Declassified files indicate US law enforcement agencies use social media to build up dossiers on protesters, a strategy which includes the creation of fake Facebook profiles.
Documents released by the City of Memphis in response to an American Civil Liberties Union lawsuit in Tennessee have exposed the various tactics used by local police to spy on Black Lives Matter (BLM) activists’ social media activities, an operation led by the department’s Office of Homeland Security.
The cache’s centerpiece is a PowerPoint presentation — ‘Blue Suede Shoes’ — which includes names and headshots of activists who frequently attended protests and other actions, and information on their close contacts (including friends and family) and other associations (such as labor movements and other activist groups).
Representative ‘Blue Suede Shoes’ slide
Much sensitive intelligence was gleaned from targets’ private social media accounts — to do so, authorities created a fake Facebook profile — ‘Bob Smith’ — to befriend activists, track their activities and even build dossiers on other users who reacted positively to their posts.
‘Smith’ identified himself as Protestant and anarchist, liked several activist groups and the pages of a local Black Baptist church, Bernie Sanders, the Southern Poverty Law Center, I Love Being Black, and Red & Black Anarchists. The account also marked itself as ‘attending’ various local demonstrations.
A private Facebook post viewed and scrutinized by police
Screenshots obtained by independent criminal justice news outlet document interactions ‘Bob Smith’ had with multiple activists from August 2015 up to 2017, in which officers attempted to gain activists’ trust.
For instance, in a June 2016 Facebook Messenger conversation with one activist, the officer(s) running the account claimed to be ‘Tim Ryan’, identified themselves politically as “left of Bernie”, and mentioned other local activists they knew. The activist was successfully deceived, expressing delight at having crossed paths with the “like-minded thinker” and accepting Bob Smith’s friend request. The activist was arrested two months later at a BLM protest for criminal trespass.
Internal police files indicate social media vital intelligence source
While to many a perhaps unsophisticated — if not obvious — means of infiltrating accounts, renowned Memphis activist Keedran Franklin told The Appeal several activists were successfully duped. The rise to prominence of BLM, and the vast number of protests organized by the group during 2016, led to many members of the group being deluged by friend requests from people who wished to join the cause.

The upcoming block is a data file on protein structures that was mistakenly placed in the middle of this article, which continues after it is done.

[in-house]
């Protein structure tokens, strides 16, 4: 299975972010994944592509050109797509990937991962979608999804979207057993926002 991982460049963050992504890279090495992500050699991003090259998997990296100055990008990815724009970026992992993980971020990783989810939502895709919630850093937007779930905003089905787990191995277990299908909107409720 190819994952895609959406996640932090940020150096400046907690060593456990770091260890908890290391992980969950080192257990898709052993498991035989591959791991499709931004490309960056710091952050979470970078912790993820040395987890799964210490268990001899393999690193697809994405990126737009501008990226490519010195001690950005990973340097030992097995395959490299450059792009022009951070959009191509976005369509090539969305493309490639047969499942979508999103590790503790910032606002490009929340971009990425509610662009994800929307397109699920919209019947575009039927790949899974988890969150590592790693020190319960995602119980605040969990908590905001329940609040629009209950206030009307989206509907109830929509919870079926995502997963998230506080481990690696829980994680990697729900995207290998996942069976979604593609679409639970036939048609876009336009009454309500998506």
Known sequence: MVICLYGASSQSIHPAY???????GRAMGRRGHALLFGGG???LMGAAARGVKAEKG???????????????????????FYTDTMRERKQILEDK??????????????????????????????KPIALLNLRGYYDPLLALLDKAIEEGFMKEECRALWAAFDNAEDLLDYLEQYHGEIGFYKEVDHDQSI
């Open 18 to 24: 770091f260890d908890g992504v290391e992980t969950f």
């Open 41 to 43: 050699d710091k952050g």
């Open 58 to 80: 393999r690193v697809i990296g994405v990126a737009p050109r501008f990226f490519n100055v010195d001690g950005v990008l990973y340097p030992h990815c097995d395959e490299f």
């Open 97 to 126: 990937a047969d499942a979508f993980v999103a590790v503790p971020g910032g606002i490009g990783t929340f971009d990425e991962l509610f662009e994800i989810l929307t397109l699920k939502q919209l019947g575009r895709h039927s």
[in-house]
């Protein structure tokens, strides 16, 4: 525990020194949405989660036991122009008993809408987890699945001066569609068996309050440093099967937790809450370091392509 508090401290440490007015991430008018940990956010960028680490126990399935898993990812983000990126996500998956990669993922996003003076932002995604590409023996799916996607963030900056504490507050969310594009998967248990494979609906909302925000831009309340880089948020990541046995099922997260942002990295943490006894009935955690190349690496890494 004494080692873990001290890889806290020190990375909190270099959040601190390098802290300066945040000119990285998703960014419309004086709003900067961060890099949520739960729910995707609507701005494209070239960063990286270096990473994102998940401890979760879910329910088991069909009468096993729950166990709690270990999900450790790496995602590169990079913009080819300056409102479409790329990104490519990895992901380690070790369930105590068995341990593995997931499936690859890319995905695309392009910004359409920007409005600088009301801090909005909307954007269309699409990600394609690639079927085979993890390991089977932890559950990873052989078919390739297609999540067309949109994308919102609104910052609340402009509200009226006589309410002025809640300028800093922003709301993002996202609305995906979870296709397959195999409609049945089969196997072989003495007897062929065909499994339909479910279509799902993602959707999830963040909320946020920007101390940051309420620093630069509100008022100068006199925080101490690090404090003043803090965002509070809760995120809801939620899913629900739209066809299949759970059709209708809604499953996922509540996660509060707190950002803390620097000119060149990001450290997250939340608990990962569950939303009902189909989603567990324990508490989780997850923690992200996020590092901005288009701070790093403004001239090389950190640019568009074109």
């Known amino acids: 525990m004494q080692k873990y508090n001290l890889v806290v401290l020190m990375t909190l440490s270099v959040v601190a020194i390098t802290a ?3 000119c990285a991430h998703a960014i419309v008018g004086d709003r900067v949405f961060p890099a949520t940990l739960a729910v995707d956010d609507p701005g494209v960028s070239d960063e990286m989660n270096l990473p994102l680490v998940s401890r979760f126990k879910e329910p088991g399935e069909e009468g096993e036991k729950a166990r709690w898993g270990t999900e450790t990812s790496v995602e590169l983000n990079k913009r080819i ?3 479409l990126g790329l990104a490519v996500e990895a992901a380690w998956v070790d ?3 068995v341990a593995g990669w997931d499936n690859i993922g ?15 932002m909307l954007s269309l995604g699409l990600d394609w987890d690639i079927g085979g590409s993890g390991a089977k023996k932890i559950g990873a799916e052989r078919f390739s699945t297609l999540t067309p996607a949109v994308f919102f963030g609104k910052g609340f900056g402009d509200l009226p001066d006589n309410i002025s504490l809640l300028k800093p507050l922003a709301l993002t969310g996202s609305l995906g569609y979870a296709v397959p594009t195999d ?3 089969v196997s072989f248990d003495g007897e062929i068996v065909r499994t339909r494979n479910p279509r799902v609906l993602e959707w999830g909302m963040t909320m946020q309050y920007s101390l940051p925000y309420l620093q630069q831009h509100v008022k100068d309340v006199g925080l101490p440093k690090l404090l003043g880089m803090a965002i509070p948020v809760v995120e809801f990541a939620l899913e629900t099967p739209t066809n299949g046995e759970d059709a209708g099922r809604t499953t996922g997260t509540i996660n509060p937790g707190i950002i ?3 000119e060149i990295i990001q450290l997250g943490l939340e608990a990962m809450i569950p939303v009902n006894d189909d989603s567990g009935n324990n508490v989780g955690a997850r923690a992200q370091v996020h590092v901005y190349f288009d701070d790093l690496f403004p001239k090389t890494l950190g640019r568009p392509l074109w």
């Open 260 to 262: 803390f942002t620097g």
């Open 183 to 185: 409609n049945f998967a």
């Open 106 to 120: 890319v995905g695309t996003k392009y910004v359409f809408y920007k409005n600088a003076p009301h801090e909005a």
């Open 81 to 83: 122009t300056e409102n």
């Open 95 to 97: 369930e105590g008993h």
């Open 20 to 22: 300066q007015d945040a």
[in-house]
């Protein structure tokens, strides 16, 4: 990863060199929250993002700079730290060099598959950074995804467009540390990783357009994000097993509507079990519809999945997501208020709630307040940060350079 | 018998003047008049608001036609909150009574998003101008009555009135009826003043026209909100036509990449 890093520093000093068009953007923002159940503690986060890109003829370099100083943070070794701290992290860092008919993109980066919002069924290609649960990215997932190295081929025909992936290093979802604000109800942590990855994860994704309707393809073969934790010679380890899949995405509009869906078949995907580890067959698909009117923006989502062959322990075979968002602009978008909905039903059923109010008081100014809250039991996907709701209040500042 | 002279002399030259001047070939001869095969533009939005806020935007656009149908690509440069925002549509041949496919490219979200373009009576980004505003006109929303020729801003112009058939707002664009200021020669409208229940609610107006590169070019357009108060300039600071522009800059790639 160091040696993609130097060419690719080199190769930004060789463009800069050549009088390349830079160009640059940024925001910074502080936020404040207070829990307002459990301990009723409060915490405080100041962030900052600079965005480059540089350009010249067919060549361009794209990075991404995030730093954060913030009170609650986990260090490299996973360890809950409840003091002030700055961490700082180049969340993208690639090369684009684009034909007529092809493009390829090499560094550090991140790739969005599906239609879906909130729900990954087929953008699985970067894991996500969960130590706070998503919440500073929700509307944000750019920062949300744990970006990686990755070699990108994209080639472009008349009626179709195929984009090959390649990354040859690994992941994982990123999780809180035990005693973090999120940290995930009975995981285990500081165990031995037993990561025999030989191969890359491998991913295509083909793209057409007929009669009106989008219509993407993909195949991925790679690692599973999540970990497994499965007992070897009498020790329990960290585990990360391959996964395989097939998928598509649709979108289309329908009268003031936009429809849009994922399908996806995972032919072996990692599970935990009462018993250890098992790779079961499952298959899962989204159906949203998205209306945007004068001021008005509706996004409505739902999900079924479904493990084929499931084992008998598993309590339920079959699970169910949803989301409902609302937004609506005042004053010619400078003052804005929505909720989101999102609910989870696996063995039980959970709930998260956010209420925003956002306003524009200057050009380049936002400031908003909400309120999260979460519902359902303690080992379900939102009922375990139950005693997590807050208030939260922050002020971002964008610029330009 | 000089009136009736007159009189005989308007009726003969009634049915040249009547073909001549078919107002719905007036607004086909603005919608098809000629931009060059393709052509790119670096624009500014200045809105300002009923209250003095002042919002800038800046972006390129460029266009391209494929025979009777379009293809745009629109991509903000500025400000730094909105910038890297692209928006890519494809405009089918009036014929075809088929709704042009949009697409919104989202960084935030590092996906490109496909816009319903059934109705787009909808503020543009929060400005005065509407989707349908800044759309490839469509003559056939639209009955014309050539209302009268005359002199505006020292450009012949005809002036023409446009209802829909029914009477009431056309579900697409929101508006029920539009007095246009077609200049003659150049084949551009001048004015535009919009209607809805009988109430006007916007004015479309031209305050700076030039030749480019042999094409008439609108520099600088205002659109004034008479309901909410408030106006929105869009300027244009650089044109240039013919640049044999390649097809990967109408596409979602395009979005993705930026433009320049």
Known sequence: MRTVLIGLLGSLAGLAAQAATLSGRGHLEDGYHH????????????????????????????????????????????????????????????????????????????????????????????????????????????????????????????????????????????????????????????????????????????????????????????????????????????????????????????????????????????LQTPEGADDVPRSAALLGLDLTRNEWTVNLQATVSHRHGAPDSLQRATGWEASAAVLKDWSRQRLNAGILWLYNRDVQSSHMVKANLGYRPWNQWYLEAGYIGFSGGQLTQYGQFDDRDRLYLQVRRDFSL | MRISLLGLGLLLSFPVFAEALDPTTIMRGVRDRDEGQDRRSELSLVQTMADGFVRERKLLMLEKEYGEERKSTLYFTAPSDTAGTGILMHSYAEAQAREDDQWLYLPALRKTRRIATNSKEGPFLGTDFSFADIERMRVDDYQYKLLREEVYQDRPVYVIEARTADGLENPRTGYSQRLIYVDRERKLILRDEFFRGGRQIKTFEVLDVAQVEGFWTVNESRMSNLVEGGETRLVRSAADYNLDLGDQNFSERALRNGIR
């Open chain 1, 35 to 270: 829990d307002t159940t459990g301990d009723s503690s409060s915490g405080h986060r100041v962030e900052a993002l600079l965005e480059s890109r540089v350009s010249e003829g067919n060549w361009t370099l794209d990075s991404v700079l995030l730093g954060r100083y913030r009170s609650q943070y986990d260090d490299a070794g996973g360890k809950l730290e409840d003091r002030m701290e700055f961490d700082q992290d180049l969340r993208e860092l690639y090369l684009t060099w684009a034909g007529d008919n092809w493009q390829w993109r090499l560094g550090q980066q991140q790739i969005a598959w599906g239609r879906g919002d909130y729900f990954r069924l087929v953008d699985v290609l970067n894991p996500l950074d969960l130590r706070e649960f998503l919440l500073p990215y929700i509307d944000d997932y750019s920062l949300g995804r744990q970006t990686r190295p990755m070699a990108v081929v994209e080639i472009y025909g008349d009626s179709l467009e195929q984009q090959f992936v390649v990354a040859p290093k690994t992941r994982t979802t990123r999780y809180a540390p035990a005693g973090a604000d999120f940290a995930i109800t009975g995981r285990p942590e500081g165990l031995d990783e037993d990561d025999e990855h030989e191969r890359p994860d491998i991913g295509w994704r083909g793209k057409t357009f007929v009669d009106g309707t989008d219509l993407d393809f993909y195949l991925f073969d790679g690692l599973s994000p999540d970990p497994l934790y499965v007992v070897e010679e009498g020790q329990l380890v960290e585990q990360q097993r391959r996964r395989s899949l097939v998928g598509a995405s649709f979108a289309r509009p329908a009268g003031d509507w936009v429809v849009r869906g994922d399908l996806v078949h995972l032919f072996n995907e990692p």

“People got into this culture of accepting friends without checking…because of their mutuals in the social justice world,” he explained.
This attitude evidently persists to this day in some quarters — the activist conned by the fake account in 2016 also told The Appeal 16 of his Facebook friends remain connected to ‘Bob Smith’ on Facebook to this day.
‘Bob Smith’ talks to activists
The Spy Who Friended Me
The exposure is just the latest example of US authorities spying on activists in controversial ways. BLM activists across the US have been subject to intense electronic surveillance since the extensive Ferguson, Missouri protests following the shooting of Michael Brown by 2014 — for instance declassified documents indicate the Department of Homeland Security tracked social media posts extensively in 2015, and during BLM protests in 2014 and 2015 in New York, authorities accessed attendees’ text messages. This surveillance has greatly increased under President Donald Trump, a the FBI has dubbed the ‘Black Identity Extremist’ groups to be a leading domestic terrorism threat.
It’s also far from the first time US authorities have sought to exploit social media platforms for purposes of surveillance. For example, in 2011 it was announced a Californian corporation had been awarded a contract with United States Central Command (Centcom) — which oversees US armed operations in the Middle East and Central Asia — to develop software that would allow for personnel to manage multiple fake online personas, in order to influence internet conversations and spread pro-US propaganda.
The contract stipulated each fake online persona must have a convincing background, history and supporting details, and up to 50 US-based controllers should be able to operate false identities from their workstations without fear of discovery. Moreover, IP addresses needed to be manipulable make fake accounts appear to be located in any part of the world.